Mark Bradley

Mark Bradley is a sports columnist and blogger for The Atlanta Journal-Constitution

The Hawks should win this series. Then again, they're the Hawks

This was Washington coach Scott Brooks' appraisal of a newly tied series: "Two very good basketball teams, evenly matched, fighting for their playoff lives."

Off the strength of Games 3 and 4, I'm not sure about the "evenly matched." The Atlanta Hawks were better in their two wins than the Wizards were in theirs. The Hawks missed chances to steal the first two games; the Wiz whiffed royally in the second quarter of Game 4, being outscored 31-15 essentially by the Hawks' subs. (Jose Calderon: Immense.) As mentioned elsewhere, that second quarter stands as the biggest moment of this series.

The belief here is that the Hawks are good enough to win Game 5 in D.C. and close out the Wiz in Game 6 here Friday. But I'd be less than truthful if I didn't mention that these Hawks are apt to do what you least expect.

As Kent Bazemore, excellent in reserve Monday, said after Game 4: "This year been nothing short of amazing, the ups and downs. We've won seven in a row; we've lost seven in a row. We’ve seen it all. There’s nothing that can be thrown at us that surprises us."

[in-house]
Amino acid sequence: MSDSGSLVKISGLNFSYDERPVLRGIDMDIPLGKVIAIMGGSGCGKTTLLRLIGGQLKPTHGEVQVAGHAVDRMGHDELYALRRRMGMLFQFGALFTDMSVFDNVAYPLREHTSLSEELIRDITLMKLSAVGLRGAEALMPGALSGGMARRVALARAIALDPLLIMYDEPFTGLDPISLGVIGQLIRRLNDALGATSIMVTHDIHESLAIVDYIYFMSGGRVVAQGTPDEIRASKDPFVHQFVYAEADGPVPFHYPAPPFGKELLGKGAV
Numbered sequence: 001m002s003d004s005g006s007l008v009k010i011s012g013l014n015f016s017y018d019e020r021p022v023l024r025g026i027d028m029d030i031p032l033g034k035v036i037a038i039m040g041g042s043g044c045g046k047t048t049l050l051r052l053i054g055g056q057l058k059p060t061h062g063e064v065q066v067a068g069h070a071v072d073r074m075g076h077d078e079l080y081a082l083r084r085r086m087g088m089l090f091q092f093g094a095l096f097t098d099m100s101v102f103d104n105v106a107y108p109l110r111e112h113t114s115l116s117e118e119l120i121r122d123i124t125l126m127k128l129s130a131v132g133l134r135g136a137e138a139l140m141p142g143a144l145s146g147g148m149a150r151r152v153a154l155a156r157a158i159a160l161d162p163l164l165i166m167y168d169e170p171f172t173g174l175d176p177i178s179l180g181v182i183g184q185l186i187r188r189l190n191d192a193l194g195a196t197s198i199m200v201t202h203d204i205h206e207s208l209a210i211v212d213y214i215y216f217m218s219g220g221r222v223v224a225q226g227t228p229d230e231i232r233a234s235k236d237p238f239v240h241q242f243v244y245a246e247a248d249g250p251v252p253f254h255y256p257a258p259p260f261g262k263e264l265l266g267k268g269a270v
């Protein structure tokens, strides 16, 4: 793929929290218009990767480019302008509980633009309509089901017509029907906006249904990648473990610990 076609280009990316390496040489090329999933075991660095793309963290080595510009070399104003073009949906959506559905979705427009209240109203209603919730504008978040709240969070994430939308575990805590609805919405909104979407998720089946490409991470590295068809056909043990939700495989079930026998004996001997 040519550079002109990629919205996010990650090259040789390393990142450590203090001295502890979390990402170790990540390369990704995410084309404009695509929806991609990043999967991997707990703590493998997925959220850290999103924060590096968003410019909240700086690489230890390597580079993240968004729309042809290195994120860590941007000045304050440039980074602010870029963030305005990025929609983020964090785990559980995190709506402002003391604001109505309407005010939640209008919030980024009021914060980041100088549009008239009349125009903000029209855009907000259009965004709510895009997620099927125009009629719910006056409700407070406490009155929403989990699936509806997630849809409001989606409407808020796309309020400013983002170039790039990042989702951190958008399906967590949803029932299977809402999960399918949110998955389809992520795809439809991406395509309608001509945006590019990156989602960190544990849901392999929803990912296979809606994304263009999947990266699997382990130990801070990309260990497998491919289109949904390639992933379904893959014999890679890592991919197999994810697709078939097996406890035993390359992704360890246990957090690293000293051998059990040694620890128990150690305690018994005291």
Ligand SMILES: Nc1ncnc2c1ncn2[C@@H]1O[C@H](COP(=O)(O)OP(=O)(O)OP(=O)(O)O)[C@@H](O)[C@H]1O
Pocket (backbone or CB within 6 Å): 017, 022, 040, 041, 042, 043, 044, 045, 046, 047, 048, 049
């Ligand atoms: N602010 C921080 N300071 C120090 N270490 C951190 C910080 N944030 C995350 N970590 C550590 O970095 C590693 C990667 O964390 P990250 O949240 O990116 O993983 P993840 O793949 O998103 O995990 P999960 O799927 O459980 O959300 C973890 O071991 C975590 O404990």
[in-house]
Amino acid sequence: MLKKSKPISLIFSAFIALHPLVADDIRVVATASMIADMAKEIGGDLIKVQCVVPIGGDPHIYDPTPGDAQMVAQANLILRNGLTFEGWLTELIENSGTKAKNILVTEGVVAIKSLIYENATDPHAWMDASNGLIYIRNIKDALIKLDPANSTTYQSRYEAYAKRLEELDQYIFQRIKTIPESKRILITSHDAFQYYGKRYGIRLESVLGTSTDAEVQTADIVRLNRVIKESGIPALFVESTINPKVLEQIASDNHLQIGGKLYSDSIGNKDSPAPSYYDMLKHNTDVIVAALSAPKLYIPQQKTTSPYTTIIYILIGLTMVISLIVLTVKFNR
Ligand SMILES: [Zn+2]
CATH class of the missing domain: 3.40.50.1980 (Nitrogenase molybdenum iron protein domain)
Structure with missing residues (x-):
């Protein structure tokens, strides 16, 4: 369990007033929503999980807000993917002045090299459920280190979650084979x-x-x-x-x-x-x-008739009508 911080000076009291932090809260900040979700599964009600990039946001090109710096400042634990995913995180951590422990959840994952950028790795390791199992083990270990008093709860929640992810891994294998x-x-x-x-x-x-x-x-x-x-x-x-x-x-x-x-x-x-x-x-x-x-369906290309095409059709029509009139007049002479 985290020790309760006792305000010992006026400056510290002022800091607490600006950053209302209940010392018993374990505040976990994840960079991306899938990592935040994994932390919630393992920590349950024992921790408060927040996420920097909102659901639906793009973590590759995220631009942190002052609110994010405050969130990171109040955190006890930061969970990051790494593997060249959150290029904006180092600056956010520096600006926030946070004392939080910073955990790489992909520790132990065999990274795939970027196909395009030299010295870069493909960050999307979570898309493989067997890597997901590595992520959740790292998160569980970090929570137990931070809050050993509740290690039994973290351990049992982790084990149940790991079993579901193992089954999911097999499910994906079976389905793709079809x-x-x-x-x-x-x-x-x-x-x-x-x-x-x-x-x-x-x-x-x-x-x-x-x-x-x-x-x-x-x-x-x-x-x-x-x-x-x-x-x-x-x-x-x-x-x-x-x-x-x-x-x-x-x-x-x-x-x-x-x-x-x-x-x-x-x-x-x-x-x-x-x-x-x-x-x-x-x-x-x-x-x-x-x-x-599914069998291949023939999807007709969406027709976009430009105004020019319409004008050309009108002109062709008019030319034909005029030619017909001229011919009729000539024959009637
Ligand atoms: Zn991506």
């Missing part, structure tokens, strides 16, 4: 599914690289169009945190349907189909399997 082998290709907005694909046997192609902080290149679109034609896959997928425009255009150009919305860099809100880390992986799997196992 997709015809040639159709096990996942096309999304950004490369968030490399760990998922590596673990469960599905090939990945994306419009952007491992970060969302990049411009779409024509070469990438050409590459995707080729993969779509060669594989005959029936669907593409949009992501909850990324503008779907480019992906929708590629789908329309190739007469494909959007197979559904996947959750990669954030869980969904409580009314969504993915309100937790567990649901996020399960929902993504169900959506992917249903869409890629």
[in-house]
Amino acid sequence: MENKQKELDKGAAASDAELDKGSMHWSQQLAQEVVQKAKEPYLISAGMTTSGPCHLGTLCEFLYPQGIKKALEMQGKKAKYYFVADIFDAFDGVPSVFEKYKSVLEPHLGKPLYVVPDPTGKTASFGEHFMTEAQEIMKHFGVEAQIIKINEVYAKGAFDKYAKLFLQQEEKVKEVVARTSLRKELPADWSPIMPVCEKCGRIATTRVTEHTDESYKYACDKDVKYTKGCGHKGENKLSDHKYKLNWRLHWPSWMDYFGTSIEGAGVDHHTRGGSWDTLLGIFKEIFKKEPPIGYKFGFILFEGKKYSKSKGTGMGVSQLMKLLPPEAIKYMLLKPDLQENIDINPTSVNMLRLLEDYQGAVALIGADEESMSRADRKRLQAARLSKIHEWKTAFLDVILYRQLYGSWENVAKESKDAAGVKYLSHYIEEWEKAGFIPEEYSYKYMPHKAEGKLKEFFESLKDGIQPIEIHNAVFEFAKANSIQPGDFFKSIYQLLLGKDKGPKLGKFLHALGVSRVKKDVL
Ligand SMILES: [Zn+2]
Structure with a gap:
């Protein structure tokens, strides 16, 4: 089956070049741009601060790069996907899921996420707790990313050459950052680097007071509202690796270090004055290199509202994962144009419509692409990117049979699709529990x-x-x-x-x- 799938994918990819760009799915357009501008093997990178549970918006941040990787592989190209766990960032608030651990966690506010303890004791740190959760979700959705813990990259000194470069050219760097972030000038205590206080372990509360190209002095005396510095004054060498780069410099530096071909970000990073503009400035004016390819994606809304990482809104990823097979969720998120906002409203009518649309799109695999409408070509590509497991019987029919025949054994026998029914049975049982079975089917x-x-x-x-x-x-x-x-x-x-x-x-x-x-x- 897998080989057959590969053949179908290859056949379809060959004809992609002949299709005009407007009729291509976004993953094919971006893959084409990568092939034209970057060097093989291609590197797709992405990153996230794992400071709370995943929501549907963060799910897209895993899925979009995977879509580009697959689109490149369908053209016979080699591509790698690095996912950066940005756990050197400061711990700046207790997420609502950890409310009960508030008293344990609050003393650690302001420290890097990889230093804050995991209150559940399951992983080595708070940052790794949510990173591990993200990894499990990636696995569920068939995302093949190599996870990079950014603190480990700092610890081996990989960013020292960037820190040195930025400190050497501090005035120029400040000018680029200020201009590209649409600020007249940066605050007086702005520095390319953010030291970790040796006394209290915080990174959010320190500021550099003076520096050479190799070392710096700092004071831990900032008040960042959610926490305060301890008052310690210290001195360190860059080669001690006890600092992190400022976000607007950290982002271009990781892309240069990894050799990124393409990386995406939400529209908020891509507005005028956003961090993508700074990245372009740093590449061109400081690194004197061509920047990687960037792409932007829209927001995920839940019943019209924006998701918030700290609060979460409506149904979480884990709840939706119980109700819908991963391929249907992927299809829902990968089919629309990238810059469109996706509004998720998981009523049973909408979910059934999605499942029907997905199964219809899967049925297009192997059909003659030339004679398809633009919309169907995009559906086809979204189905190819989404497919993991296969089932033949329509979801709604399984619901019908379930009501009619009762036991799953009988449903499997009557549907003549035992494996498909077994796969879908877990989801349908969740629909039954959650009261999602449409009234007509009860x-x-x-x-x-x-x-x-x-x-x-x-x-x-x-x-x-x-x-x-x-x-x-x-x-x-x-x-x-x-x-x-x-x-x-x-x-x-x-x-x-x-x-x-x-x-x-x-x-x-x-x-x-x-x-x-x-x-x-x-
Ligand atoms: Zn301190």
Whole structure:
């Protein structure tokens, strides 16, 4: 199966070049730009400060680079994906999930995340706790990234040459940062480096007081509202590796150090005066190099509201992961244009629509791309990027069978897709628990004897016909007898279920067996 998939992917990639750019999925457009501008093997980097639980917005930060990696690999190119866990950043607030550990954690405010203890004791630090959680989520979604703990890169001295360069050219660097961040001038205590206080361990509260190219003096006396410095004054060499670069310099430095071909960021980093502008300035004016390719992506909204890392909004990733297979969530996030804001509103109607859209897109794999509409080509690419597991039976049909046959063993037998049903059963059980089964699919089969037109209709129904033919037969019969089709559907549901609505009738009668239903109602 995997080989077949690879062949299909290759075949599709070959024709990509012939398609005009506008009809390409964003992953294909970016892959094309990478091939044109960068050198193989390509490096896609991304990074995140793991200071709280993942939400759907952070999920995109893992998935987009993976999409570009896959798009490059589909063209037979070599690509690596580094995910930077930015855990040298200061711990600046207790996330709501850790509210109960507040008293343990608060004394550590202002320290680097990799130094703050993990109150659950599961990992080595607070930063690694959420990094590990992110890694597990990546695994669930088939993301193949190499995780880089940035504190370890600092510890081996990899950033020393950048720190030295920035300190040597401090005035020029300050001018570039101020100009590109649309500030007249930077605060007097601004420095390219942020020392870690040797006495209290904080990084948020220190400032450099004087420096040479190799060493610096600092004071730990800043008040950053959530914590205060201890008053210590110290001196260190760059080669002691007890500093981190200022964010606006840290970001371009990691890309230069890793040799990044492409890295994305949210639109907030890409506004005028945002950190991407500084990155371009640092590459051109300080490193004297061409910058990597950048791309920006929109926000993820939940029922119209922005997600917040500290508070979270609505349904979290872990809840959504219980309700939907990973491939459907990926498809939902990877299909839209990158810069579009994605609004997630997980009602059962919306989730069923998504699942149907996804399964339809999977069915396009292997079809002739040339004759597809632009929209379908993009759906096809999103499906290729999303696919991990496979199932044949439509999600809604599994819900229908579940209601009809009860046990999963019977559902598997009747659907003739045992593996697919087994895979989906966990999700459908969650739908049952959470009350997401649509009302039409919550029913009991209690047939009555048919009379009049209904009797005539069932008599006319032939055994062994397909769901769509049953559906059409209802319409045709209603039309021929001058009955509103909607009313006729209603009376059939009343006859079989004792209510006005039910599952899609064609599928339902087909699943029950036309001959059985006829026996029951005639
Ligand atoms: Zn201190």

Or me. When the Hawks play as they did Monday, they're balanced in a way Washington will never be. (They had seven men in double figures. Their bench outscored the visitors' 32-23. Dwight Howard, who'd scored 18 points in Games 1-3, scored 16 in Game 4. Dennis Schroder had 18 points, all in the second half.

Basically, the Wizards are John Wall and Bradley Beal. Otto Porter, who averaged 13.4 points in the regular season, is averaging 8.5 in this series. So is Markieff Morris, who's  so nettled by Paul Millsap that he has more fouls (19) than baskets (16). As noted the Washington reserves are awful. The Hawks are the lower seed and won six fewer games than the Wiz, but they're bigger and deeper and just as fast.

Then again, the Hawks weren't 43-39 for no reason. They can do weird stuff. But they've been pretty good against the better teams, and what we saw in Games 3 and 4 was a continuation of their late-season flurry against Boston/Cleveland . When they get it going, they're not a No. 5 seed.

They have it going now. Still, the cost of being a No. 5 seed is that you must win a road game to advance. The Hawks haven't done that yet, and maybe they won't. But the guess here is that they'll take Game 5 and then Game 6 and be done with Round 1.

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About the Author

Mark Bradley is a sports columnist and blogger for The Atlanta Journal-Constitution. He has been with the AJC since 1984.